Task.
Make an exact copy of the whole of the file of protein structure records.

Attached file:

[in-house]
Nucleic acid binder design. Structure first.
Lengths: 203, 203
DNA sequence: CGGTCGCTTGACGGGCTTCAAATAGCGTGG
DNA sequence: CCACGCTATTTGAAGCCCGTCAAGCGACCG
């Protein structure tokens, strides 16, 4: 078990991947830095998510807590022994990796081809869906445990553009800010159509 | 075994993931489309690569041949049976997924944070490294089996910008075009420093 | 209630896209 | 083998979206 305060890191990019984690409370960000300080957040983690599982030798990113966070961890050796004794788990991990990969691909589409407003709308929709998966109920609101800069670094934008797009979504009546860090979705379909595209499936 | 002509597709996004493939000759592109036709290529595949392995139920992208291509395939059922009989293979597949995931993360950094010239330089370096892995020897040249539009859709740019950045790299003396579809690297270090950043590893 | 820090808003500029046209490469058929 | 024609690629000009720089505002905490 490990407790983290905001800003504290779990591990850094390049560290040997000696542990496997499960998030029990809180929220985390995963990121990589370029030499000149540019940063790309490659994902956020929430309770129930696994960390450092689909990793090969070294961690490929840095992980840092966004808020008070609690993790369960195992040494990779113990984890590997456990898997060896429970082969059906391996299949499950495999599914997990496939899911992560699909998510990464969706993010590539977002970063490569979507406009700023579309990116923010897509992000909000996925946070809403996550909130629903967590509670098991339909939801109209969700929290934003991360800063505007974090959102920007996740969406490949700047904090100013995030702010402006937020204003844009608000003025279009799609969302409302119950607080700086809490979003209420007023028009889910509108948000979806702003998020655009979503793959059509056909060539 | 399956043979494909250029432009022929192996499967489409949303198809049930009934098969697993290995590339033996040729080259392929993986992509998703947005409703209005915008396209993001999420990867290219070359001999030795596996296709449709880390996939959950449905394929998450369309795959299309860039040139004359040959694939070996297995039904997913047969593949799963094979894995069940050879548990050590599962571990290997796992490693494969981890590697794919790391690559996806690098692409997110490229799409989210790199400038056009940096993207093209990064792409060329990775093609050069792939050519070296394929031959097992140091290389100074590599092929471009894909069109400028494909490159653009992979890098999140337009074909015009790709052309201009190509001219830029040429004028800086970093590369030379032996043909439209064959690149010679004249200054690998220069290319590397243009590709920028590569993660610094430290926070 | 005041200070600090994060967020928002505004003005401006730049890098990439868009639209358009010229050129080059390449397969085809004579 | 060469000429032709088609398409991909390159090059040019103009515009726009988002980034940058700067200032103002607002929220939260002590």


[in-house]
Nucleic acid binder design. Structure first.
Lengths: 203, 203
DNA sequence: CGGTCGCTTGACGGGCTTCAAATAGCGTGG
DNA sequence: CCACGCTATTTGAAGCCCGTCAAGCGACCG
């Protein structure tokens, strides 16, 4: 078990991947830095998510807590022994990796081809869906445990553009800010159509 | 075994993931489309690569041949049976997924944070490294089996910008075009420093 | 209630896209 | 083998979206 305060890191990019984690409370960000300080957040983690599982030798990113966070961890050796004794788990991990990969691909589409407003709308929709998966109920609101800069670094934008797009979504009546860090979705379909595209499936 | 002509597709996004493939000759592109036709290529595949392995139920992208291509395939059922009989293979597949995931993360950094010239330089370096892995020897040249539009859709740019950045790299003396579809690297270090950043590893 | 820090808003500029046209490469058929 | 024609690629000009720089505002905490 490990407790983290905001800003504290779990591990850094390049560290040997000696542990496997499960998030029990809180929220985390995963990121990589370029030499000149540019940063790309490659994902956020929430309770129930696994960390450092689909990793090969070294961690490929840095992980840092966004808020008070609690993790369960195992040494990779113990984890590997456990898997060896429970082969059906391996299949499950495999599914997990496939899911992560699909998510990464969706993010590539977002970063490569979507406009700023579309990116923010897509992000909000996925946070809403996550909130629903967590509670098991339909939801109209969700929290934003991360800063505007974090959102920007996740969406490949700047904090100013995030702010402006937020204003844009608000003025279009799609969302409302119950607080700086809490979003209420007023028009889910509108948000979806702003998020655009979503793959059509056909060539 | 399956043979494909250029432009022929192996499967489409949303198809049930009934098969697993290995590339033996040729080259392929993986992509998703947005409703209005915008396209993001999420990867290219070359001999030795596996296709449709880390996939959950449905394929998450369309795959299309860039040139004359040959694939070996297995039904997913047969593949799963094979894995069940050879548990050590599962571990290997796992490693494969981890590697794919790391690559996806690098692409997110490229799409989210790199400038056009940096993207093209990064792409060329990775093609050069792939050519070296394929031959097992140091290389100074590599092929471009894909069109400028494909490159653009992979890098999140337009074909015009790709052309201009190509001219830029040429004028800086970093590369030379032996043909439209064959690149010679004249200054690998220069290319590397243009590709920028590569993660610094430290926070 | 005041200070600090994060967020928002505004003005401006730049890098990439868009639209358009010229050129080059390449397969085809004579 | 060469000429032709088609398409991909390159090059040019103009515009726009988002980034940058700067200032103002607002929220939260002590």